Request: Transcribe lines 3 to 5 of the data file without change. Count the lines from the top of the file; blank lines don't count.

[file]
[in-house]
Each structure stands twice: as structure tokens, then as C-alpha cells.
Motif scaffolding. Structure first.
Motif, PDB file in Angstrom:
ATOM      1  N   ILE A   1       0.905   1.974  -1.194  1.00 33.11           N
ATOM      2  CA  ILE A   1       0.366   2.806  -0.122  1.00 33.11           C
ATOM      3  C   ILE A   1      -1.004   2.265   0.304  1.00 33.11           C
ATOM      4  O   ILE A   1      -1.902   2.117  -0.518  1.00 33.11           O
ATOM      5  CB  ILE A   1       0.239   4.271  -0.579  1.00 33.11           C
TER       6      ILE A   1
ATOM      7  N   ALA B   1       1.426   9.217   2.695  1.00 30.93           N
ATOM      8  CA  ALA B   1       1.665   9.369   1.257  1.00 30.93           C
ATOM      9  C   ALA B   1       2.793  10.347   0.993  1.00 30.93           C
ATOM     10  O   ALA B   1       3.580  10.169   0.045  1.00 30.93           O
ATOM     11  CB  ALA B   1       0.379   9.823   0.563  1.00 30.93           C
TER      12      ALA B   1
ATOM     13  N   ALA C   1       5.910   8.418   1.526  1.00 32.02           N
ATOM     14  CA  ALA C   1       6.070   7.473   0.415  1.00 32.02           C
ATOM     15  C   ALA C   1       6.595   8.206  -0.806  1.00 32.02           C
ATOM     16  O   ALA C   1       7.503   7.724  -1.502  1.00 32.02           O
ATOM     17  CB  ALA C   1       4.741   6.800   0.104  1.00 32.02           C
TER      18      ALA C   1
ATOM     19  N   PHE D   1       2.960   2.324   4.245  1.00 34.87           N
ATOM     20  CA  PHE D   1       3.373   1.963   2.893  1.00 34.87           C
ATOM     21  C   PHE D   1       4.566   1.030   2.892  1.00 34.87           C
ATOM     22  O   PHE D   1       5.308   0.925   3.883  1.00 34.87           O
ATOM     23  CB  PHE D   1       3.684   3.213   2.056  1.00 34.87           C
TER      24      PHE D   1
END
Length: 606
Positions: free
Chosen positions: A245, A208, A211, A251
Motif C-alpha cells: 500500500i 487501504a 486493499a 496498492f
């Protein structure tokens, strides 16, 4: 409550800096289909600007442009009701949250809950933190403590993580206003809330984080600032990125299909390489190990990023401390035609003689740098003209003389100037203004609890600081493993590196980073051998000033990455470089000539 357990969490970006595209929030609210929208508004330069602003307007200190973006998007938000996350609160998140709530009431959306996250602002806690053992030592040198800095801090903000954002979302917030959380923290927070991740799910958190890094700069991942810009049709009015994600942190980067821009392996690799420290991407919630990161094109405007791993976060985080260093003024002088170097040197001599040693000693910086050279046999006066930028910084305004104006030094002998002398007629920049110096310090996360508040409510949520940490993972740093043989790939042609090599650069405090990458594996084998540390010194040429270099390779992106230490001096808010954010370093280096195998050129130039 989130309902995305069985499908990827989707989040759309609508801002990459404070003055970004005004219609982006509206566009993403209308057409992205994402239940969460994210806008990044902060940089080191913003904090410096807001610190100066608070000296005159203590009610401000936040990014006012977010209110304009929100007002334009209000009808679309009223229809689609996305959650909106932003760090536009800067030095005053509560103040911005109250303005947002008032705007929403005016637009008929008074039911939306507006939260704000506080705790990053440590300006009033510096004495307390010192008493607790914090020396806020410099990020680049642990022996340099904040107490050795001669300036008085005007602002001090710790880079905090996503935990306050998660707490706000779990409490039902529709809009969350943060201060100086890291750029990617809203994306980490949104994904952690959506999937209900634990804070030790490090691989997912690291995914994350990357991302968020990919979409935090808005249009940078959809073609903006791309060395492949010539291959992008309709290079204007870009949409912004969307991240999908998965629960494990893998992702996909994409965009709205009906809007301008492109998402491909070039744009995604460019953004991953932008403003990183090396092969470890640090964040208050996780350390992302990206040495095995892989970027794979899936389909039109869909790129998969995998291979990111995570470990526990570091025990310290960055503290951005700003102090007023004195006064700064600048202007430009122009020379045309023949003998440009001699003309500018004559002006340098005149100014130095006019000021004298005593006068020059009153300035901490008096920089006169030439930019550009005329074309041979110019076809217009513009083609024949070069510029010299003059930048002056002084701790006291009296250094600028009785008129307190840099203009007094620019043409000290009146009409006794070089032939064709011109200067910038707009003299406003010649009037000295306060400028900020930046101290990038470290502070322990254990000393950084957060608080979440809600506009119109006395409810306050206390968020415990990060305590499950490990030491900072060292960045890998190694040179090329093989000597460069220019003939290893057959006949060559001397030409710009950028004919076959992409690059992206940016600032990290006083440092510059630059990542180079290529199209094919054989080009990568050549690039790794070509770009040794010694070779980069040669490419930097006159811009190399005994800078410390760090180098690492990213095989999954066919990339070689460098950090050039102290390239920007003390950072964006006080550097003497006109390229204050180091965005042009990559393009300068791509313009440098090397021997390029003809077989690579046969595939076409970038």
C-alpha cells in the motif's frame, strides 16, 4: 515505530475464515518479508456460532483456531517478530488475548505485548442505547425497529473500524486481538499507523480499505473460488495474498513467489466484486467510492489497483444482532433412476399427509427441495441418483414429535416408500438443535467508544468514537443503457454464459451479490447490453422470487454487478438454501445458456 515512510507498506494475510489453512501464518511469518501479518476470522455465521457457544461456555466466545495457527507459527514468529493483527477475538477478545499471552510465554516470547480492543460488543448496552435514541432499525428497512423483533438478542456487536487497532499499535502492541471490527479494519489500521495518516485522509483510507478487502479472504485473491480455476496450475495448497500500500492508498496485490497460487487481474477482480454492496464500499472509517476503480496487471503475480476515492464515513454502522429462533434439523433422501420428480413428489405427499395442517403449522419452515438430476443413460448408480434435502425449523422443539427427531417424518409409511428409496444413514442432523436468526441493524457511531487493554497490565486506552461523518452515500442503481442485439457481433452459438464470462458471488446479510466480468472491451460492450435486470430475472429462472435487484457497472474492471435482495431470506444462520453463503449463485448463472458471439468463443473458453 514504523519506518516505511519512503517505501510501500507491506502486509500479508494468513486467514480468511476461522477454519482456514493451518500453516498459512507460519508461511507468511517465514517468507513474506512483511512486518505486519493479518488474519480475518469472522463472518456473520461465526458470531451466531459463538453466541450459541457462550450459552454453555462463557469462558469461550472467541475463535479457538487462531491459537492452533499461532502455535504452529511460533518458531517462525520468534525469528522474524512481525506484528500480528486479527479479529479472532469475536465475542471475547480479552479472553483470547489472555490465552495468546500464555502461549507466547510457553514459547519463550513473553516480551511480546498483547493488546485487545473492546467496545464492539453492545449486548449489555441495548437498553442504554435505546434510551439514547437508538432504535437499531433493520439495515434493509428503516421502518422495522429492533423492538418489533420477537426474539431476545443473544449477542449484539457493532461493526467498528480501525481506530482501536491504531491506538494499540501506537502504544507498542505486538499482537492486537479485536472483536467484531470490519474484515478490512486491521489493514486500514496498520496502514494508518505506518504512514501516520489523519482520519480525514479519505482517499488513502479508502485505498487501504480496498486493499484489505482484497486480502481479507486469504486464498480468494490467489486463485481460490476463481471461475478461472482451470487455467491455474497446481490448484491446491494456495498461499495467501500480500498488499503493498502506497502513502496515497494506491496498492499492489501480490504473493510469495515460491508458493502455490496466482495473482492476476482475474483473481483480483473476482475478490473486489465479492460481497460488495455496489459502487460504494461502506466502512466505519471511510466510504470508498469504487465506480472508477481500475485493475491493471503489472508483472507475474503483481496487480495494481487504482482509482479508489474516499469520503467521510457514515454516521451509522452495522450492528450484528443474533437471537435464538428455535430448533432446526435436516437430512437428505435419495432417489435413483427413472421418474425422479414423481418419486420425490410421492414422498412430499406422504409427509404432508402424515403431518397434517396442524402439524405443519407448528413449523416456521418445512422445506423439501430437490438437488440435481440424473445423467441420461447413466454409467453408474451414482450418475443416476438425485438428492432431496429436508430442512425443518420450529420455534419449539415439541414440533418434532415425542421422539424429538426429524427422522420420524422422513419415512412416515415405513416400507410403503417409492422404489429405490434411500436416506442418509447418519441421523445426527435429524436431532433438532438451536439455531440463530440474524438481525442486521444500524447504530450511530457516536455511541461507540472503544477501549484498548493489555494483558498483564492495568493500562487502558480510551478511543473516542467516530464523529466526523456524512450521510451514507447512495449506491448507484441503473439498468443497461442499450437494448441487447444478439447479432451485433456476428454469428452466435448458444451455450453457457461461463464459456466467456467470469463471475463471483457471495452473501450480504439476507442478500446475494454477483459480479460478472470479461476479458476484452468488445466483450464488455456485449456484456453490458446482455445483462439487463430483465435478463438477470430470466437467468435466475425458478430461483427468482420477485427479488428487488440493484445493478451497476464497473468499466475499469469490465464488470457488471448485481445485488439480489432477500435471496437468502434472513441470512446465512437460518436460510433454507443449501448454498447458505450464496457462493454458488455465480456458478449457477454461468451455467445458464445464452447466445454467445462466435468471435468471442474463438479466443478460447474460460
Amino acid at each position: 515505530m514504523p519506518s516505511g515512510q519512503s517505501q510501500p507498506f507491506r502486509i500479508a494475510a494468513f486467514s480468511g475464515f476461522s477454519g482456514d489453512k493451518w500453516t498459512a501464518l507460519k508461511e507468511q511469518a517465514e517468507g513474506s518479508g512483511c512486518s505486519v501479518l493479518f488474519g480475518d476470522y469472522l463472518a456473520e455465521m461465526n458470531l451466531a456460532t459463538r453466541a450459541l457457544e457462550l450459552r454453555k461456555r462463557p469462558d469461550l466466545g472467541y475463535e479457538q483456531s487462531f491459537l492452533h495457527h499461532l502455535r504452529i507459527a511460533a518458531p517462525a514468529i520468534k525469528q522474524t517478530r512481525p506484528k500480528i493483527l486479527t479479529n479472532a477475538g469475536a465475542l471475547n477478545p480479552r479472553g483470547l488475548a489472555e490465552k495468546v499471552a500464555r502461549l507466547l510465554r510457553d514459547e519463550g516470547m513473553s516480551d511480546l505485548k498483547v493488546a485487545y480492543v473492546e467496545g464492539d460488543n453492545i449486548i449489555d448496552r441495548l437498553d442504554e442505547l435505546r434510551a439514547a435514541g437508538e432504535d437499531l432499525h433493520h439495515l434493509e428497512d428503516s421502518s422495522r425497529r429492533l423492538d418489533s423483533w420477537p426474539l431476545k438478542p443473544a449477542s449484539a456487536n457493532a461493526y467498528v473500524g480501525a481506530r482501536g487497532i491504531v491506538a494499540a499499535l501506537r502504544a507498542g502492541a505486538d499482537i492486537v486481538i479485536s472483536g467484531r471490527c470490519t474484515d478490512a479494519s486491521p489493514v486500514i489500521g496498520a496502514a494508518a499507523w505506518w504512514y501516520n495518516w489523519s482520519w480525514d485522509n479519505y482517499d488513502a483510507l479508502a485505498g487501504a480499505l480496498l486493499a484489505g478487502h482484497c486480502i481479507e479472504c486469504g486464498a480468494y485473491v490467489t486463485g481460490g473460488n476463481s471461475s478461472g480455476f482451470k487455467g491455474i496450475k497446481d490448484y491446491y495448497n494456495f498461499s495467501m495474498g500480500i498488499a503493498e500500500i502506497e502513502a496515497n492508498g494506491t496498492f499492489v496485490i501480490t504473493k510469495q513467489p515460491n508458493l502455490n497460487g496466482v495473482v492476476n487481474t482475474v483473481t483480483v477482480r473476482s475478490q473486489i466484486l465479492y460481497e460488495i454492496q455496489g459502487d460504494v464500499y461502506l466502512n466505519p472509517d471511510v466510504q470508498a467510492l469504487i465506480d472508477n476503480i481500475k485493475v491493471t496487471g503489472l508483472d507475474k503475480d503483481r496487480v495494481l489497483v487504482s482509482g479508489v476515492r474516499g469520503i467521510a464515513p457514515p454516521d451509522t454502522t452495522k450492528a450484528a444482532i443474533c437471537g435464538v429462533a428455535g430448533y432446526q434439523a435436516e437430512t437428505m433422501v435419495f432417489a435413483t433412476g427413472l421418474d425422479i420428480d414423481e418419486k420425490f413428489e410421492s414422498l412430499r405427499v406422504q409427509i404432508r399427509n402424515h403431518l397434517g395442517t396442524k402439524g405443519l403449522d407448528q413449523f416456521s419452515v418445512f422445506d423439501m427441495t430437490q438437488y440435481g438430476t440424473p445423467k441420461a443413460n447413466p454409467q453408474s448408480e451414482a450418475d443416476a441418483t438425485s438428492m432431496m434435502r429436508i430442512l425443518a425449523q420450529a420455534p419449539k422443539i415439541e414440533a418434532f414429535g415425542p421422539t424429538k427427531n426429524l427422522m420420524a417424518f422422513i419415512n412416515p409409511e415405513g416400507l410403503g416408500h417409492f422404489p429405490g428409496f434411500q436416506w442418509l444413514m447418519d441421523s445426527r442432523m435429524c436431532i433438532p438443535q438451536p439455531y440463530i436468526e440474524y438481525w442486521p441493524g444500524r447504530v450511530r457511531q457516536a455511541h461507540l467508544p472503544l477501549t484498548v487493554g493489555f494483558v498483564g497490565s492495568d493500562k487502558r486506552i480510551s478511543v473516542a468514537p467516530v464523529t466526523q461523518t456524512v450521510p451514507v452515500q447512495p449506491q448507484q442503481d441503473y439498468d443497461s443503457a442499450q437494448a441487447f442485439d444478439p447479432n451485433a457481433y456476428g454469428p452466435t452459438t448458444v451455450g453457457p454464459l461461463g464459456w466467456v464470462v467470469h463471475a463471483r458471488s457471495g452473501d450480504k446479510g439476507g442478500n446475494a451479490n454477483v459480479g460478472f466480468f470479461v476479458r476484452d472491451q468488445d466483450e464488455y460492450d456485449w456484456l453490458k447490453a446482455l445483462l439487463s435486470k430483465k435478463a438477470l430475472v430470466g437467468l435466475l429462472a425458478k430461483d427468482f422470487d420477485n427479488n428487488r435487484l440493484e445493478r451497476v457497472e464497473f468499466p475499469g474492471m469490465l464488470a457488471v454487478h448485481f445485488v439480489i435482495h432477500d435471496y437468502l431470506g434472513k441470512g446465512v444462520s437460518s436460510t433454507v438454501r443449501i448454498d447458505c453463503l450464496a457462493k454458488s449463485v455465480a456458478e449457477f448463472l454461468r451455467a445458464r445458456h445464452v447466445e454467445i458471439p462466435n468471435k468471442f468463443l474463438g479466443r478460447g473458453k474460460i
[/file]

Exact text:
Motif scaffolding. Structure first.
Motif, PDB file in Angstrom:
ATOM      1  N   ILE A   1       0.905   1.974  -1.194  1.00 33.11           N